More and more workers are ‘freelancing’ today than ever before. On a recent transatlantic flight, I found myself reading an interesting business class magazine that rehashed the old
Elephant and the Flea dynamic of giant corporations versus independent-contractors and tiny single-person businesses. Charles Handy may have been writing almost a decade ago now, but the ex-oil man-turned best-selling author had an almost prescient view of the evolving economy.
The elephants – or established corporations – still steer the economy and tend to be largely dismissive of the fleas. The fleas – small-scale entrepreneurs or heroic multi-taskers that work independently and fiercely – respond directly to demand and opportunity. As the economy has evolved, fleas are now on the rise. According to a recent CNN Money article, freelance professionals now make up more than a quarter of the US working population.
Economically speaking, there are opportunities and hazards in both cases. Elephants still need to figure out ways to sustain and grow themselves while maintaining personal relationships and encouraging innovation. Unfortunately, to survive in a challenging economic landscape, this often means taking advantage of the fleas, as evidenced by the rise of the permanent temporary workforce. An increasing number of people are working in the capacity of permanent workers without any of the benefits or certainty, both at entry and advanced levels.
For fleas, the problem is still communication. Independent contractors need to find better ways to cooperate with each other across their disparate industries. While one flea can hardly gain the attention of an elephant, a veritable legion of fleas can definitely hold more sway (or at the very least make the elephant itch considerably.)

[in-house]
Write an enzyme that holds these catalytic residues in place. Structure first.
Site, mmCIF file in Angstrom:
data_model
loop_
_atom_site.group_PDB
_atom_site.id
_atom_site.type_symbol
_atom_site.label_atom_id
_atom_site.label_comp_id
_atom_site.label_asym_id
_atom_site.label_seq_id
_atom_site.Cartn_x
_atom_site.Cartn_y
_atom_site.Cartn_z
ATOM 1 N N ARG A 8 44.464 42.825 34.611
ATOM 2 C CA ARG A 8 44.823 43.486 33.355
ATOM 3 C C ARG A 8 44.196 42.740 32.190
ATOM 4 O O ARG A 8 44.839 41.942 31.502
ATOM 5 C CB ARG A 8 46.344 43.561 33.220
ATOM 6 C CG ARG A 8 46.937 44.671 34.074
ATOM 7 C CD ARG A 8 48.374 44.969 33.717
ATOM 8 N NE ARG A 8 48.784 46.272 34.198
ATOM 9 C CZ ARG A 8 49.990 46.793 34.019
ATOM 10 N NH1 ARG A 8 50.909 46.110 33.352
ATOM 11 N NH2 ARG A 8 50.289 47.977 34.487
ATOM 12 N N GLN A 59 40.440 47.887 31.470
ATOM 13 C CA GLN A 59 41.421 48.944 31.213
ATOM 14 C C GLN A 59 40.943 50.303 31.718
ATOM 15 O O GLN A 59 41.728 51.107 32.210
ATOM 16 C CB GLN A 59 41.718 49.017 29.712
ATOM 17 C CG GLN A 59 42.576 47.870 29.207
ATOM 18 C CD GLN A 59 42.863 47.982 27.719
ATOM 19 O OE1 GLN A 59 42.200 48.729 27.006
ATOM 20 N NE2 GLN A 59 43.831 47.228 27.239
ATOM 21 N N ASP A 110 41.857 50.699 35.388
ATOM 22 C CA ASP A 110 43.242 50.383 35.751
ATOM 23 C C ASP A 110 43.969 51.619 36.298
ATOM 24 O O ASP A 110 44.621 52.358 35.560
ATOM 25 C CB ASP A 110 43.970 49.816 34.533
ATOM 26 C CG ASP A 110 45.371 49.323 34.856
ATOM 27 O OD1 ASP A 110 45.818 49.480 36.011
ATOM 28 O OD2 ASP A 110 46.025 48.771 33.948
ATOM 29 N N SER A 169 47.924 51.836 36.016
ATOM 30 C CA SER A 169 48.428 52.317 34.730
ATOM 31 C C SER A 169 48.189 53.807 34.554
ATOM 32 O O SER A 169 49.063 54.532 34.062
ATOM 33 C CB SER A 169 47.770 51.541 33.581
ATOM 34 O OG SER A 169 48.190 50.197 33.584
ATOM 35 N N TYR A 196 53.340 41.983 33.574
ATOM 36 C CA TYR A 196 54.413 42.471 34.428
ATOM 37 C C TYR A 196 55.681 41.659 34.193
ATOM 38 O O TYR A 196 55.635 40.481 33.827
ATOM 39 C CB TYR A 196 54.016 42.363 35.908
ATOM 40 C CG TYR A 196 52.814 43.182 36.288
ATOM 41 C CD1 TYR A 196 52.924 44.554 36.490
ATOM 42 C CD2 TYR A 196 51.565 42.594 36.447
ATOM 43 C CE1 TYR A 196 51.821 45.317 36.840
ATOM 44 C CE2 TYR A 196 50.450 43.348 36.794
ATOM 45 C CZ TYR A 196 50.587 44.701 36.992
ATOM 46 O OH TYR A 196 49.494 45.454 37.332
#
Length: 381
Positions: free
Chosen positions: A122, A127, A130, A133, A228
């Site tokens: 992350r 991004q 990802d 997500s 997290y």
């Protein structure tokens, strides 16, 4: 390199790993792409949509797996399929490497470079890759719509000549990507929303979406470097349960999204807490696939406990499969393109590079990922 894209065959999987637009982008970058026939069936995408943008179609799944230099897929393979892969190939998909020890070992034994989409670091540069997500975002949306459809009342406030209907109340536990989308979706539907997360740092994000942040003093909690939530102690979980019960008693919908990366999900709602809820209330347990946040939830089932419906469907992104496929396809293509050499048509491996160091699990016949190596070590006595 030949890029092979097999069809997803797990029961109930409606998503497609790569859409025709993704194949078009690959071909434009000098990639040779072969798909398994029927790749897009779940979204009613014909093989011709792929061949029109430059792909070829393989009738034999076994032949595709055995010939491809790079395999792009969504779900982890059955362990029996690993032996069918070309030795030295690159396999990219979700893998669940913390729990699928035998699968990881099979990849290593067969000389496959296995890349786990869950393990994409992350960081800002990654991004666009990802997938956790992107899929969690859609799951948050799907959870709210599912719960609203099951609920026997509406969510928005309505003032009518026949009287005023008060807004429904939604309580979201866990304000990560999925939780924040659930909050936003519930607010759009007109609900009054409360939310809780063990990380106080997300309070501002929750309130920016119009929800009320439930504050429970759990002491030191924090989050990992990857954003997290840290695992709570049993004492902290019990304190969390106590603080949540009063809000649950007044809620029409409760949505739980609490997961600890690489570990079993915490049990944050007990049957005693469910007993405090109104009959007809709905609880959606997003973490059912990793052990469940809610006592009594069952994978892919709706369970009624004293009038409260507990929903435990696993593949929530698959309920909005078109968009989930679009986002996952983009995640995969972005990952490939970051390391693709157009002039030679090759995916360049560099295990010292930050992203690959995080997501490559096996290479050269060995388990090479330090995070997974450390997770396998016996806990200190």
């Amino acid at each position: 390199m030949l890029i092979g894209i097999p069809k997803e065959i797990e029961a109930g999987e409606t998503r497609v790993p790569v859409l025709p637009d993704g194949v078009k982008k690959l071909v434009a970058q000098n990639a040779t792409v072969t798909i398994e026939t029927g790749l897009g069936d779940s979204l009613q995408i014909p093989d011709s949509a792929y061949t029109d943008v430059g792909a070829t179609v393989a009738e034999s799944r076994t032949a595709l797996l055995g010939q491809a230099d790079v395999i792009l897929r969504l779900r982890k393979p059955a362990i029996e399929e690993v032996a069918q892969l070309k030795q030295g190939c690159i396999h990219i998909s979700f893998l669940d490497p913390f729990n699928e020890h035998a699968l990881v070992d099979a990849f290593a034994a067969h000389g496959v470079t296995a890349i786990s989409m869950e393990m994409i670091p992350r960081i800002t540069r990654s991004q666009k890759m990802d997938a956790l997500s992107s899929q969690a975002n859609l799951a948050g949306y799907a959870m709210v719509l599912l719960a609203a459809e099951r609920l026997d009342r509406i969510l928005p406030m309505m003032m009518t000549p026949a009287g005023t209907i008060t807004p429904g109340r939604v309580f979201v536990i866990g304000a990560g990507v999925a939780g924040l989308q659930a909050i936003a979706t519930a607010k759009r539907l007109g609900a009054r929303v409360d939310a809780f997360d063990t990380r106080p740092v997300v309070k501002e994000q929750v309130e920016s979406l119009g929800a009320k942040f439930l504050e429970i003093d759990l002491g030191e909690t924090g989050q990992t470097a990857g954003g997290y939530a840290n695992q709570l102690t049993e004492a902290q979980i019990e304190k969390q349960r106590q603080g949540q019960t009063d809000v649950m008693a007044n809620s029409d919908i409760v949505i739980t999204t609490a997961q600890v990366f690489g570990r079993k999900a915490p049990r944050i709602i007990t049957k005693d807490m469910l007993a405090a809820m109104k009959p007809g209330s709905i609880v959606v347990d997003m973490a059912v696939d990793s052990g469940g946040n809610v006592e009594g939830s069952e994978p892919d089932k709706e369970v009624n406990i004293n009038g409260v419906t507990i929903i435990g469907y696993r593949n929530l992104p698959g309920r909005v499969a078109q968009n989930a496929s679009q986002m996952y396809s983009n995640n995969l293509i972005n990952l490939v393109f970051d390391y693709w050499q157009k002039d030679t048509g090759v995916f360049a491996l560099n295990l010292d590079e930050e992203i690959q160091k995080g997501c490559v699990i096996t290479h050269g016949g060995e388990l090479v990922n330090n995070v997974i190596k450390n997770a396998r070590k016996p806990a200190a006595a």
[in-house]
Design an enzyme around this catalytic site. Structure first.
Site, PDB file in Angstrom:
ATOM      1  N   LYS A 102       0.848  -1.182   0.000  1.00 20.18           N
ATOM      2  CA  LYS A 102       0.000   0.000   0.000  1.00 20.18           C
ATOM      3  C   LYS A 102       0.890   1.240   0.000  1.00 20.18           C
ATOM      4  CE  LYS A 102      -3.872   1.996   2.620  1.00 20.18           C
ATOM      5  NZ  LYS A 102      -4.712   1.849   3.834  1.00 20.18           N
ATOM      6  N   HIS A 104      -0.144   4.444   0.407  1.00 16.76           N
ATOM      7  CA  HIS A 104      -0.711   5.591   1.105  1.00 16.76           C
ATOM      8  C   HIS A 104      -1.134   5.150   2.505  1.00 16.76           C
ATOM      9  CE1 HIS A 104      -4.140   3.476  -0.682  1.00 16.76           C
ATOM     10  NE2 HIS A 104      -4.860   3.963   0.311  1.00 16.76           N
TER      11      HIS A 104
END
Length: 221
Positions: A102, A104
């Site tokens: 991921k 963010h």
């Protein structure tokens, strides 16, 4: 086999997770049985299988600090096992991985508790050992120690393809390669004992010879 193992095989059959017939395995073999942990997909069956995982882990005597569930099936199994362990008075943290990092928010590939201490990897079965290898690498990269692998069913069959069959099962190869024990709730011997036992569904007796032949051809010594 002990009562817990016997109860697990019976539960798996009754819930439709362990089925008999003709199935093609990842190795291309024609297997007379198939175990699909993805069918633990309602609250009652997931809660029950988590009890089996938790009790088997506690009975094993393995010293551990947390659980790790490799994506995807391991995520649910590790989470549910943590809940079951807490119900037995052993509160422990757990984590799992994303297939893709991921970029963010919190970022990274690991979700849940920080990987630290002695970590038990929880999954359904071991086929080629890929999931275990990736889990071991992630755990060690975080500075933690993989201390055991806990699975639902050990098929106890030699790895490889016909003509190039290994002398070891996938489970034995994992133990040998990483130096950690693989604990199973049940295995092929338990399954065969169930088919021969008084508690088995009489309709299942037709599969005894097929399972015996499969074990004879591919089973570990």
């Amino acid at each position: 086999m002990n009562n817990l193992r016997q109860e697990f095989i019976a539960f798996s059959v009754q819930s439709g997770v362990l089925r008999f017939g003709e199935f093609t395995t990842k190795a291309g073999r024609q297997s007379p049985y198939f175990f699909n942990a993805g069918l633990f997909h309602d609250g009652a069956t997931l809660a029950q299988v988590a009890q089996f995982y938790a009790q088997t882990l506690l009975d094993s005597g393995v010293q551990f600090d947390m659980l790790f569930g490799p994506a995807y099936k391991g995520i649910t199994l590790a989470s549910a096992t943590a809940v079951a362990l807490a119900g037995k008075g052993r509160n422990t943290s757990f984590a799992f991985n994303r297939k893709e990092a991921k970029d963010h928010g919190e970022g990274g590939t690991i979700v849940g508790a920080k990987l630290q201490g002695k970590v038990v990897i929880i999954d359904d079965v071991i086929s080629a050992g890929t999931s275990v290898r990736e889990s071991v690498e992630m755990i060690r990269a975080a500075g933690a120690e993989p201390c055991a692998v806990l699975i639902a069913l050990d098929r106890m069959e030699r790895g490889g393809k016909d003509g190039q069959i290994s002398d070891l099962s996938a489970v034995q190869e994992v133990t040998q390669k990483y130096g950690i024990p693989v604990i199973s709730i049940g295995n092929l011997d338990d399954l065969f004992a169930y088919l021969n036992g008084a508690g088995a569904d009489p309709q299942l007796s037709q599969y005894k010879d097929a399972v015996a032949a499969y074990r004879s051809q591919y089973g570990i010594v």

With the advent of organizations like the Freelancers Union, a Brooklyn-based non-profit that works to connect fleas with other fleas to create the critical mass necessary to shape policy and offer independent workers the same level of protection and assurances that full-time workers once enjoyed, we are definitely making significant strides towards cooperation. Union members in New York are eligible for health insurance, and a number of other benefits at an affordable rate. Members on the west coast, while not yet eligible for health coverage, can still access dental, disability, and life insurance.
For fleas with no other safety net, this type of a national resource is indispensable. And this type of representation is what’s needed to allow fleas to be heard by the elephants at the national level. Perhaps ‘fight’ is a misnomer. It’s not really a battle against the elephants, but rather a struggle to be heard. A healthy economy should support both elephants and fleas, allowing for a mutually beneficial and symbiotic relationship between them.
So what do fellow small business fleas out there think about the noble fight for fleadom? What other resources have you heard about?
Tina Seelig is the executive director of the Stanford Technology Ventures Program (STVP), where she teaches courses on innovation and entrepreneurship. Tina earned her Ph.D. in neuroscience from Stanford University Medical School and has worked as a management consultant, multimedia producer, entrepreneur, and author. Her newest book is titled, What I Wish I Knew When I Was 20: A Crash Course on Making Your Place in the World.
- Question: How does making stuff out of rubber bands and paper clips over the span of a few days transfer to the reality of the long-lasting grind of innovating, marketing, and supporting products?Answer: In the exercise you’re referring to students are given a handful of paperclips or rubber bands and are challenged to create as much value as possible in only a few days. Value can be measured in any way they like. The lessons they learn are priceless: They realize that there are opportunities everywhere, that they can easily leverage limited resources, and that they can create real value in only a few days.Also, they experience the power of rapid prototyping, effective teamwork, and how to execute on a plan. It is amazing to see the range of solutions from teams from around the world. This exercise reinforces the idea that life is the ultimate open-book exam—the doors are thrown wide open, which allows you to draw on endless resources to tackle open-ended problems in creative ways.